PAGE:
Some much-needed rain falling as I write – pleased I got my garden jobs done in time.
We’re moving now into a New Moon phase when the time is right to plant a second lot of traditional brassicas like broccoli and cabbage, and also to get in some Asian greens (also brassicas) like pak choi, tat soi and mizuna. Asian greens are easy to grow, hardy and provide leafy greens in wintertime.
So, what’s been happening in our garden this week? Well I’ve had the best of crops and the worst of crops. Let’s start with the worst and get that out of the way. Look at the result of my planting of Agria potatoes 3 months ago.
Looks like I put them in last week! I’ve left them in on the off-chance they grow more. Very strange course of events – the plants thrived, we had lovely white flowers (the sign they’re ready) and then the leaves died off. But they just never matured. I grew them exactly as I had the early season potatoes which produced magnificently and the soil was brand new, so I’m at a loss to know what happened.
But the best of crops is the kumara…
I might have had them in the ground a touch too long. It seems they should be in for 130-150 days and I think mine were in for around 160 days. The purple-fleshed ones have a few furrows, which looks to me like they might be over-cooked, but the white-fleshed ones are perfect.
So I started by cutting the green tops off. Then with a fork I gently loosened the soil around each plant and very gently removed them one by one. If you damage kumara when you’re harvesting it, it won’t store, so those ones need eating up straight away.
Kumara need hardening off or curing before storing. If it’s warm enough you could leave them on the soil, but it’s getting chilly at night at our place, so I laid them out on newspaper in the storage unit I’m going to put them in for the long haul, left it out during the day but brought them in at night. I did this for 3 days. It’s good to have air all around them if you can. Hope you like the giant ones!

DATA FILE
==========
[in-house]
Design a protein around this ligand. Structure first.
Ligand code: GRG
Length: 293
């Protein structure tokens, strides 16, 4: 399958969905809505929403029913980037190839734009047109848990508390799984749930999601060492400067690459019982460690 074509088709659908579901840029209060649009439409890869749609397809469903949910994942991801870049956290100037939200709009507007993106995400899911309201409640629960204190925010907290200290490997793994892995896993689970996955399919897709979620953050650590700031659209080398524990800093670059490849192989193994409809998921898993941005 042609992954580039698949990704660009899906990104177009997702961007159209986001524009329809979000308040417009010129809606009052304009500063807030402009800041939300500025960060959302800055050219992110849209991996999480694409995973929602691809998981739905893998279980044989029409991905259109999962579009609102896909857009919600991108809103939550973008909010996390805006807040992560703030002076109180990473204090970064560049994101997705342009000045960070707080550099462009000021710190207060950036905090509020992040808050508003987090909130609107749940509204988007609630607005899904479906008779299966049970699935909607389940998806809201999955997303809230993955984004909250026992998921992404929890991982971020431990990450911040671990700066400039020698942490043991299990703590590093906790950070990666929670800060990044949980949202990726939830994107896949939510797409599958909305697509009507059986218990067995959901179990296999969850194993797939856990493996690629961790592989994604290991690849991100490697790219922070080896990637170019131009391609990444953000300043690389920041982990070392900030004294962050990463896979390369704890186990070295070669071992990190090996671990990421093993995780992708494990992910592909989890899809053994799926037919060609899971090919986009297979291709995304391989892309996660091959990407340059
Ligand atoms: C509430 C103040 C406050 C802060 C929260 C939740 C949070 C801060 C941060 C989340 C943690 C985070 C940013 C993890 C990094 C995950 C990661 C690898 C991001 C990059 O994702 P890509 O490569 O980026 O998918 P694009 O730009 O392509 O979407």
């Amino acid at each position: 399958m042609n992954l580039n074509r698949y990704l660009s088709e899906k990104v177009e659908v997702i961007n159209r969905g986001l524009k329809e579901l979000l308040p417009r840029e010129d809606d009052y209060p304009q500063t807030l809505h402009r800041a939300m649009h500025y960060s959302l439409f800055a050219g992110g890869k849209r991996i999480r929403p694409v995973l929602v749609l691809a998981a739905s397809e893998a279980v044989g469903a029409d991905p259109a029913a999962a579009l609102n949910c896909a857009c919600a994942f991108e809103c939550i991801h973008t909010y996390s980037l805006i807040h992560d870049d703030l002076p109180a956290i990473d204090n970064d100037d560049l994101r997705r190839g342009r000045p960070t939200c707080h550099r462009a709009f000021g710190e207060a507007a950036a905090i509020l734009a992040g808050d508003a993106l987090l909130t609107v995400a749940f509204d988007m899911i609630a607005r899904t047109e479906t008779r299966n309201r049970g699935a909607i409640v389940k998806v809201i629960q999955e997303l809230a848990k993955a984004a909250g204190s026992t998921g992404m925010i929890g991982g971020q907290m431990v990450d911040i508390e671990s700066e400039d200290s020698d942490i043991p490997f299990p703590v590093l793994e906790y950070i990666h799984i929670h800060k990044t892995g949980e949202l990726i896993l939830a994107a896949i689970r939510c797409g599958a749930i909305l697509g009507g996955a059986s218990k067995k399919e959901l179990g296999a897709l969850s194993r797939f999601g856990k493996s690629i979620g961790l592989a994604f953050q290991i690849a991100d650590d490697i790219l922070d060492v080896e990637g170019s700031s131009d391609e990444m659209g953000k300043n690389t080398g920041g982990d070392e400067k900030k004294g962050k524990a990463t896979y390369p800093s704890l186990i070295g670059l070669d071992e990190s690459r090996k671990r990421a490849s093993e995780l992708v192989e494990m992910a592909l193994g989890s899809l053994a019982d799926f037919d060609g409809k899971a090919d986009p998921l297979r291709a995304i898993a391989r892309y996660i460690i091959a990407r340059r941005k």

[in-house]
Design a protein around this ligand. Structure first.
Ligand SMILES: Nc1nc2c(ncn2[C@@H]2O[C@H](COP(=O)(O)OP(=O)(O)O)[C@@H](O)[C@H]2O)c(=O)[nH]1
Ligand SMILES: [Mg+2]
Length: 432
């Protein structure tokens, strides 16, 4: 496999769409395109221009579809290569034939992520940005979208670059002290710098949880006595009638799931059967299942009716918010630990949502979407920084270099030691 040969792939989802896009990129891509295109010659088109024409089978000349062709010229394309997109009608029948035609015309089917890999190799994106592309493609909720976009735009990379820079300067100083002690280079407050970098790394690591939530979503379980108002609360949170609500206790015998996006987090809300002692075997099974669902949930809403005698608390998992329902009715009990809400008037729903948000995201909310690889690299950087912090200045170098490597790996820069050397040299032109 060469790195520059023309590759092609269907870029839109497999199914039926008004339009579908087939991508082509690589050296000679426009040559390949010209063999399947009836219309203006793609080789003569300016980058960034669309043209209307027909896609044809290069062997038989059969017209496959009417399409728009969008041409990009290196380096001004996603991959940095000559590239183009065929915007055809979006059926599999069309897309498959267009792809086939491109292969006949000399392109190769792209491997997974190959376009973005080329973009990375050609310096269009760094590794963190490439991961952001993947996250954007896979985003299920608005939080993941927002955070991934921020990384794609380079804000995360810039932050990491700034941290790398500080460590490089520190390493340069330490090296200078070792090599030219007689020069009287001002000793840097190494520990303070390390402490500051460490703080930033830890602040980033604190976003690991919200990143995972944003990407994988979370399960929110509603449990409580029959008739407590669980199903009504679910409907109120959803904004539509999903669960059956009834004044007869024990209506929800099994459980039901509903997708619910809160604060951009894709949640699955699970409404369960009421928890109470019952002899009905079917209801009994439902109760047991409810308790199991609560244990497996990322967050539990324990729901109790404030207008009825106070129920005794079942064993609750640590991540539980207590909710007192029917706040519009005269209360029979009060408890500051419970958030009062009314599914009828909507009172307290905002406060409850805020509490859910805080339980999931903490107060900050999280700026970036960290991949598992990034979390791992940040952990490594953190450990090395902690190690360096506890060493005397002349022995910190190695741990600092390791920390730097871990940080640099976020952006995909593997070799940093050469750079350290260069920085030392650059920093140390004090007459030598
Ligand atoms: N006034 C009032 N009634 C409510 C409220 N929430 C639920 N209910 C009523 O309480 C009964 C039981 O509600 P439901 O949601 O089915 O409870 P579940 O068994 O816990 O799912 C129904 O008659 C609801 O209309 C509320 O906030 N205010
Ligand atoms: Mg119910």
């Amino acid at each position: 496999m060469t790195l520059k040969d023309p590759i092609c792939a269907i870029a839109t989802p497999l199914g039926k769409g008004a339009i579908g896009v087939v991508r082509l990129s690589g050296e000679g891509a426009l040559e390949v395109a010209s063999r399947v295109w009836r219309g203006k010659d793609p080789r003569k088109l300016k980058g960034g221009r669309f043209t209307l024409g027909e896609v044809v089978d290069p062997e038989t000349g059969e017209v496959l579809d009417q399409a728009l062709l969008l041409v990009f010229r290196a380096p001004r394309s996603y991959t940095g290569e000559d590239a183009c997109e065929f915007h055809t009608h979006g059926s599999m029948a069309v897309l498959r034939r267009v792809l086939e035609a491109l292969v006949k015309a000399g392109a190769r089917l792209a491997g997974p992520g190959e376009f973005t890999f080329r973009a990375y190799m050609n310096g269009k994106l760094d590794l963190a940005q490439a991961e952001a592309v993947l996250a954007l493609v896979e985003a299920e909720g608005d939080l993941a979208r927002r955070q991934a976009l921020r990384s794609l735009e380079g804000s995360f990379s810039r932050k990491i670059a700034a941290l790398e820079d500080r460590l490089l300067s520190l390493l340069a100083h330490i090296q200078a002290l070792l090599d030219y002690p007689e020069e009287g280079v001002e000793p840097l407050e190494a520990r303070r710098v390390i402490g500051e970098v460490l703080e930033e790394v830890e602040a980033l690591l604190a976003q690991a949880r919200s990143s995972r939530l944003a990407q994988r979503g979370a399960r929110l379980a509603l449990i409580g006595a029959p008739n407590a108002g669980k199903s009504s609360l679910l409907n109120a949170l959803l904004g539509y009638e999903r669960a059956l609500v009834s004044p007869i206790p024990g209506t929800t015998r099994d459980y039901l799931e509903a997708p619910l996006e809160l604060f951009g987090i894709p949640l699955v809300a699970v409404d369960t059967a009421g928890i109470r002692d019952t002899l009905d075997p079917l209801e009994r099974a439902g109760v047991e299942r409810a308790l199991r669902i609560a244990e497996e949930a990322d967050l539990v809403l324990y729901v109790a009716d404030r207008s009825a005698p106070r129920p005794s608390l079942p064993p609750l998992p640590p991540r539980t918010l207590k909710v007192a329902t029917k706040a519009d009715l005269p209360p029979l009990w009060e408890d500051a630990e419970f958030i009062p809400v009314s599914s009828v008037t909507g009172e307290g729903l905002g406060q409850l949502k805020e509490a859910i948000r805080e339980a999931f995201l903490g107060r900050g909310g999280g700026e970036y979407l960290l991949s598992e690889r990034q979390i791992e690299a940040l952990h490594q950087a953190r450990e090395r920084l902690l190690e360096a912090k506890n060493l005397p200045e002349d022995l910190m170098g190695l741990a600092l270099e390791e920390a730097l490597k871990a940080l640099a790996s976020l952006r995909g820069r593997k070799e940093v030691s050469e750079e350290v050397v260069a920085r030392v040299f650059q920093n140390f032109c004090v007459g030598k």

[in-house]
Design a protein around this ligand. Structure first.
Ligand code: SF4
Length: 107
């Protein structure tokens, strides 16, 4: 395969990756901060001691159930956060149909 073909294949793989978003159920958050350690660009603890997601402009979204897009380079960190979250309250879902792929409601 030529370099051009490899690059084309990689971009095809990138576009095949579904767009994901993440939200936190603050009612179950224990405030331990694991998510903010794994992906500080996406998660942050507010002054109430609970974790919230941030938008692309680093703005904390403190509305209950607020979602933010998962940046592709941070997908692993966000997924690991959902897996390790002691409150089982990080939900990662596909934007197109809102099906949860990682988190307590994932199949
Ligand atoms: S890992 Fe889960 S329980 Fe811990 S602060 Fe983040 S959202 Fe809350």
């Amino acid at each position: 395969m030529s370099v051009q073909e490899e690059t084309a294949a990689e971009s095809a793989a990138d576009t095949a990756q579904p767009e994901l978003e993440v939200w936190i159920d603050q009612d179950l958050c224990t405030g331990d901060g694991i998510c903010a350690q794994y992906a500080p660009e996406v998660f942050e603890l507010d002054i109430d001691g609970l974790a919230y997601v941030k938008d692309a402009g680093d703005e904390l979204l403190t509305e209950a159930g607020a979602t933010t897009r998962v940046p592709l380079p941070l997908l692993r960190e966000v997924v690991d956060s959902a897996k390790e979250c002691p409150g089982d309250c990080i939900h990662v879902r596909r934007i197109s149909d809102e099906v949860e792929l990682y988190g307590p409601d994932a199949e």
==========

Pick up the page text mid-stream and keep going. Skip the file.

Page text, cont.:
Then they got wrapped up all individually and stored in the semi-outdoor dark cupboard.
Maori used manuka brush in between the layers of kumara (you can see it piled up on the right of this image from NZETC).
My second job this week was to make a hot compost from the remains of our summer crops. Firstly I assembled the ingredients for my “cake”:
Nitrogen – fresh grass clippings, kumara tops, chicken manure and rotting guavas (which dropped from the parts of the tree we couldn’t climb to)
Carbon – egg cartons (this list could have included scrunched up newspaper and straw, but I didn’t because our biomass had partially converted into carbon)
Biomass – the remains of the summer crops (part carbon, part nitrogen) – you need lots of this to ensure you can build the heap to a cubic metre
Activators – rock dust, blood and bone, coffee grounds
Soil and water
I repeated this 3 times. This is how I did it, but Rob says the key thing is to layer like a lasagne – the order in which you layer is not as important. You’re aiming for a cubic metre – this is the magic dimension to get the science of a hot compost working. Mine ended up probably higher than wide and deep, but the best I could do in a free-standing pile.
Then I covered it all with black polythene to help it warm up from the outside as well as the inside.
Like a cool little dalek in our yard.
Here’s a video of Rob making hot compost. As he says at the end, after 48 hours it should have heated up to 70 degrees Celsius; after 1 week it should have reduced by half, after 2 weeks it should have reduced to a third, turn it over in the third week, and it should be ready by the fourth.
48 hours later and this is the temperature – it’s hot on the outside and the inside – happy!
Have a great week in the garden!
From Jan, Rob and the Team at OEG!